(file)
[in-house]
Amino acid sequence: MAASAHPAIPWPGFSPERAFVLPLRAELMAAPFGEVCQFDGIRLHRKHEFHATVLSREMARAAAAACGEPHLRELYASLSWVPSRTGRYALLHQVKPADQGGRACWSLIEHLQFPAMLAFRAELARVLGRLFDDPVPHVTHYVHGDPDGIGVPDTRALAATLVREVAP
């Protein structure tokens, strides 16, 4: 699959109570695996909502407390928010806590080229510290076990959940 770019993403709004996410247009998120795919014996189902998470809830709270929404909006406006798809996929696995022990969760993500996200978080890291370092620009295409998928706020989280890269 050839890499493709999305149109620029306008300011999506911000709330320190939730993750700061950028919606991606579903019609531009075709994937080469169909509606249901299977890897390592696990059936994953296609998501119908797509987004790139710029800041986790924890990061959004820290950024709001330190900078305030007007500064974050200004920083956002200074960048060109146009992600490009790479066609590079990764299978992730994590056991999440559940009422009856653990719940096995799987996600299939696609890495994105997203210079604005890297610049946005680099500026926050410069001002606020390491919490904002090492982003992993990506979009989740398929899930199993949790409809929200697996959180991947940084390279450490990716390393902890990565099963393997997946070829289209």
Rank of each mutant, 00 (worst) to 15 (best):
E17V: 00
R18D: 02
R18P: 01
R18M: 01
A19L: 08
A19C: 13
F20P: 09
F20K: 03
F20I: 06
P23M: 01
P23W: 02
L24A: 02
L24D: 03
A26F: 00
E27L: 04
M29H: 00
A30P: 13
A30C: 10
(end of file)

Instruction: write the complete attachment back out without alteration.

[in-house]
Amino acid sequence: MAASAHPAIPWPGFSPERAFVLPLRAELMAAPFGEVCQFDGIRLHRKHEFHATVLSREMARAAAAACGEPHLRELYASLSWVPSRTGRYALLHQVKPADQGGRACWSLIEHLQFPAMLAFRAELARVLGRLFDDPVPHVTHYVHGDPDGIGVPDTRALAATLVREVAP
């Protein structure tokens, strides 16, 4: 699959109570695996909502407390928010806590080229510290076990959940 770019993403709004996410247009998120795919014996189902998470809830709270929404909006406006798809996929696995022990969760993500996200978080890291370092620009295409998928706020989280890269 050839890499493709999305149109620029306008300011999506911000709330320190939730993750700061950028919606991606579903019609531009075709994937080469169909509606249901299977890897390592696990059936994953296609998501119908797509987004790139710029800041986790924890990061959004820290950024709001330190900078305030007007500064974050200004920083956002200074960048060109146009992600490009790479066609590079990764299978992730994590056991999440559940009422009856653990719940096995799987996600299939696609890495994105997203210079604005890297610049946005680099500026926050410069001002606020390491919490904002090492982003992993990506979009989740398929899930199993949790409809929200697996959180991947940084390279450490990716390393902890990565099963393997997946070829289209």
Rank of each mutant, 00 (worst) to 15 (best):
E17V: 00
R18D: 02
R18P: 01
R18M: 01
A19L: 08
A19C: 13
F20P: 09
F20K: 03
F20I: 06
P23M: 01
P23W: 02
L24A: 02
L24D: 03
A26F: 00
E27L: 04
M29H: 00
A30P: 13
A30C: 10